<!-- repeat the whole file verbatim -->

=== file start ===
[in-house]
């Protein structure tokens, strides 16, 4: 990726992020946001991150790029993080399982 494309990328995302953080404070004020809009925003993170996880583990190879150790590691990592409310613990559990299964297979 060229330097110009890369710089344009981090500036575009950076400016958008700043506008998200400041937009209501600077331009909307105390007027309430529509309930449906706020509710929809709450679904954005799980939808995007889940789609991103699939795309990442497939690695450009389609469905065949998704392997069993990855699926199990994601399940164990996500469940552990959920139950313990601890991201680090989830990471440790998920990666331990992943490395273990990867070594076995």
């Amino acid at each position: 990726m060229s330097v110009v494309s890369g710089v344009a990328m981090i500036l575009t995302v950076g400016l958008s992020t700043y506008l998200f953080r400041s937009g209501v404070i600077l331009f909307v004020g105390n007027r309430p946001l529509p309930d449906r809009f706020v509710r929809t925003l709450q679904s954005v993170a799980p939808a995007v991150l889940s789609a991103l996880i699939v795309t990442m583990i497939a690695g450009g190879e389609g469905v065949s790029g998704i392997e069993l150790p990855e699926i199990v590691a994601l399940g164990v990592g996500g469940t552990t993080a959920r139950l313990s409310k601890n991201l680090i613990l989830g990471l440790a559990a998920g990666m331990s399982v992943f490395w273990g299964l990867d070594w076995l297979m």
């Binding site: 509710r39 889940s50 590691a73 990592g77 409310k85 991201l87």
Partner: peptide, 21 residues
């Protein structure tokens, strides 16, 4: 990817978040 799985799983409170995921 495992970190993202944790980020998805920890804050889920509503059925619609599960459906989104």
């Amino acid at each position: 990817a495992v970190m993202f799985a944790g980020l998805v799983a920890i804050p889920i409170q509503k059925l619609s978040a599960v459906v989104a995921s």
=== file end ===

[in-house]
């Protein structure tokens, strides 16, 4: 990726992020946001991150790029993080399982 494309990328995302953080404070004020809009925003993170996880583990190879150790590691990592409310613990559990299964297979 060229330097110009890369710089344009981090500036575009950076400016958008700043506008998200400041937009209501600077331009909307105390007027309430529509309930449906706020509710929809709450679904954005799980939808995007889940789609991103699939795309990442497939690695450009389609469905065949998704392997069993990855699926199990994601399940164990996500469940552990959920139950313990601890991201680090989830990471440790998920990666331990992943490395273990990867070594076995």
């Amino acid at each position: 990726m060229s330097v110009v494309s890369g710089v344009a990328m981090i500036l575009t995302v950076g400016l958008s992020t700043y506008l998200f953080r400041s937009g209501v404070i600077l331009f909307v004020g105390n007027r309430p946001l529509p309930d449906r809009f706020v509710r929809t925003l709450q679904s954005v993170a799980p939808a995007v991150l889940s789609a991103l996880i699939v795309t990442m583990i497939a690695g450009g190879e389609g469905v065949s790029g998704i392997e069993l150790p990855e699926i199990v590691a994601l399940g164990v990592g996500g469940t552990t993080a959920r139950l313990s409310k601890n991201l680090i613990l989830g990471l440790a559990a998920g990666m331990s399982v992943f490395w273990g299964l990867d070594w076995l297979m």
């Binding site: 509710r39 889940s50 590691a73 990592g77 409310k85 991201l87």
Partner: peptide, 21 residues
């Protein structure tokens, strides 16, 4: 990817978040 799985799983409170995921 495992970190993202944790980020998805920890804050889920509503059925619609599960459906989104």
């Amino acid at each position: 990817a495992v970190m993202f799985a944790g980020l998805v799983a920890i804050p889920i409170q509503k059925l619609s978040a599960v459906v989104a995921s």